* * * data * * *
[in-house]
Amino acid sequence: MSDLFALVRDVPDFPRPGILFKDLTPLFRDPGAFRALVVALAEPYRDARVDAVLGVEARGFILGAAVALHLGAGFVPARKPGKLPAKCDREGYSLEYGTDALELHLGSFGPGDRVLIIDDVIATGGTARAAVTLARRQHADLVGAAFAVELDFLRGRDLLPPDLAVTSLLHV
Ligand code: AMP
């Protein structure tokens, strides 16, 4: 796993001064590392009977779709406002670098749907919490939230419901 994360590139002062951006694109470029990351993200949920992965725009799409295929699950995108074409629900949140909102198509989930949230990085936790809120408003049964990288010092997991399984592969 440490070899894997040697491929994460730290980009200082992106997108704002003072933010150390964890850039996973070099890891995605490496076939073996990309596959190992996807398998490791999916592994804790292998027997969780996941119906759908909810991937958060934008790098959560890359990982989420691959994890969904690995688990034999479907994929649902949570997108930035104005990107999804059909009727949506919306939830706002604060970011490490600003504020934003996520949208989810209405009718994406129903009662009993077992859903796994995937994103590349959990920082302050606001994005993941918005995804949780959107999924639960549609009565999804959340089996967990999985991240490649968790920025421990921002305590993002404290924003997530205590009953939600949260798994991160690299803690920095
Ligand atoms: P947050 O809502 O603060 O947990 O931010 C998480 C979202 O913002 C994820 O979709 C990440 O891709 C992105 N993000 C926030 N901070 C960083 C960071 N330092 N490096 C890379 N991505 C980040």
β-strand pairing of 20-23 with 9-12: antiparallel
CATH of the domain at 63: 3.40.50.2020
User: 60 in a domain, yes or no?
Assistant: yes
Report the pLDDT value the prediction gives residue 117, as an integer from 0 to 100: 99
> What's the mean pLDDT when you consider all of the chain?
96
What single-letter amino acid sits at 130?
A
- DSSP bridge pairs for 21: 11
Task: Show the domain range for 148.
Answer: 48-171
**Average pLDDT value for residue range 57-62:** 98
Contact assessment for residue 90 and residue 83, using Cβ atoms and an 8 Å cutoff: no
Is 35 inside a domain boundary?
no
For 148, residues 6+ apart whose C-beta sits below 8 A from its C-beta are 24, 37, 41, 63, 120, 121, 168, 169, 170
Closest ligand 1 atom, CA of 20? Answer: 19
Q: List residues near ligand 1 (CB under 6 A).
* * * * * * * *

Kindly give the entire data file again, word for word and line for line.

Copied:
[in-house]
Amino acid sequence: MSDLFALVRDVPDFPRPGILFKDLTPLFRDPGAFRALVVALAEPYRDARVDAVLGVEARGFILGAAVALHLGAGFVPARKPGKLPAKCDREGYSLEYGTDALELHLGSFGPGDRVLIIDDVIATGGTARAAVTLARRQHADLVGAAFAVELDFLRGRDLLPPDLAVTSLLHV
Ligand code: AMP
């Protein structure tokens, strides 16, 4: 796993001064590392009977779709406002670098749907919490939230419901 994360590139002062951006694109470029990351993200949920992965725009799409295929699950995108074409629900949140909102198509989930949230990085936790809120408003049964990288010092997991399984592969 440490070899894997040697491929994460730290980009200082992106997108704002003072933010150390964890850039996973070099890891995605490496076939073996990309596959190992996807398998490791999916592994804790292998027997969780996941119906759908909810991937958060934008790098959560890359990982989420691959994890969904690995688990034999479907994929649902949570997108930035104005990107999804059909009727949506919306939830706002604060970011490490600003504020934003996520949208989810209405009718994406129903009662009993077992859903796994995937994103590349959990920082302050606001994005993941918005995804949780959107999924639960549609009565999804959340089996967990999985991240490649968790920025421990921002305590993002404290924003997530205590009953939600949260798994991160690299803690920095
Ligand atoms: P947050 O809502 O603060 O947990 O931010 C998480 C979202 O913002 C994820 O979709 C990440 O891709 C992105 N993000 C926030 N901070 C960083 C960071 N330092 N490096 C890379 N991505 C980040």
β-strand pairing of 20-23 with 9-12: antiparallel
CATH of the domain at 63: 3.40.50.2020
User: 60 in a domain, yes or no?
Assistant: yes
Report the pLDDT value the prediction gives residue 117, as an integer from 0 to 100: 99
> What's the mean pLDDT when you consider all of the chain?
96
What single-letter amino acid sits at 130?
A
- DSSP bridge pairs for 21: 11
Task: Show the domain range for 148.
Answer: 48-171
**Average pLDDT value for residue range 57-62:** 98
Contact assessment for residue 90 and residue 83, using Cβ atoms and an 8 Å cutoff: no
Is 35 inside a domain boundary?
no
For 148, residues 6+ apart whose C-beta sits below 8 A from its C-beta are 24, 37, 41, 63, 120, 121, 168, 169, 170
Closest ligand 1 atom, CA of 20? Answer: 19
Q: List residues near ligand 1 (CB under 6 A).